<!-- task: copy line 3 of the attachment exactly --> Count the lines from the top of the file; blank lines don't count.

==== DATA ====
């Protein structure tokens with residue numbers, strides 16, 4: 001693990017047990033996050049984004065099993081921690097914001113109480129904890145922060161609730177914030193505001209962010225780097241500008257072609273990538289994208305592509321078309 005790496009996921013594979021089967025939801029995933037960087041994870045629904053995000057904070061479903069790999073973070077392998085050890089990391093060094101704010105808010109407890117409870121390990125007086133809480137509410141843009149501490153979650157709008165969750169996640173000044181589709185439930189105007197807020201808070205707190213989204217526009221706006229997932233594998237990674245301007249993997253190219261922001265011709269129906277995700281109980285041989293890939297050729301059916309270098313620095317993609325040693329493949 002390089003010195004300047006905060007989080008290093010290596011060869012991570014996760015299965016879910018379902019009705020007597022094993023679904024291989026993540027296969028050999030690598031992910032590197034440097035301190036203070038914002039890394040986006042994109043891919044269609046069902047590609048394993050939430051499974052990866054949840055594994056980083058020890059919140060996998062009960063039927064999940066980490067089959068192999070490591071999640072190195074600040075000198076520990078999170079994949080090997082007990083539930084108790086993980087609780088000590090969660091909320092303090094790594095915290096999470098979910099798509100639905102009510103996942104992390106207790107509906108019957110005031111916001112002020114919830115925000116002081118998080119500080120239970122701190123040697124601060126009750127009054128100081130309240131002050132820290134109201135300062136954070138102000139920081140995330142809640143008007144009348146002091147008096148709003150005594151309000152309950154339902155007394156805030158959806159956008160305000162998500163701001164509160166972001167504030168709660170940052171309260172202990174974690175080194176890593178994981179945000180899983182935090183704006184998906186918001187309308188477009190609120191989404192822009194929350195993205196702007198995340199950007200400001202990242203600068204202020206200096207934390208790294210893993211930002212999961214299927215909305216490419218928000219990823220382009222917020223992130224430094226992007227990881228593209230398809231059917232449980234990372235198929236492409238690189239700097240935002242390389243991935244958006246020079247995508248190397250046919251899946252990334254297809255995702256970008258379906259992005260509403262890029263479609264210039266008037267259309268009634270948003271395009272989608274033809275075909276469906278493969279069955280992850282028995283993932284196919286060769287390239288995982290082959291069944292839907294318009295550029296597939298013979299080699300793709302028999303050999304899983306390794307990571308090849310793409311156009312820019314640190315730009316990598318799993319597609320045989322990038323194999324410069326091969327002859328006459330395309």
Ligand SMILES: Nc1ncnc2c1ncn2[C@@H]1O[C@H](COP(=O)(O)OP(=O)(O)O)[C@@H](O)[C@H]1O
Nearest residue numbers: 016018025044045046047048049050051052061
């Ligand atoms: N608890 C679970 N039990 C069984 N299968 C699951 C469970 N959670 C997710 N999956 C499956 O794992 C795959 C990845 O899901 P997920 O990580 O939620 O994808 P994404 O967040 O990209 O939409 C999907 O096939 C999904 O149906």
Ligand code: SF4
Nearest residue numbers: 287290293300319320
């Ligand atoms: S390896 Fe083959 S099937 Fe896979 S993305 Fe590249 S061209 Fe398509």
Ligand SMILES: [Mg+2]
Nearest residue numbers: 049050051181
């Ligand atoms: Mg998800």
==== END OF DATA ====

Nearest residue numbers: 016018025044045046047048049050051052061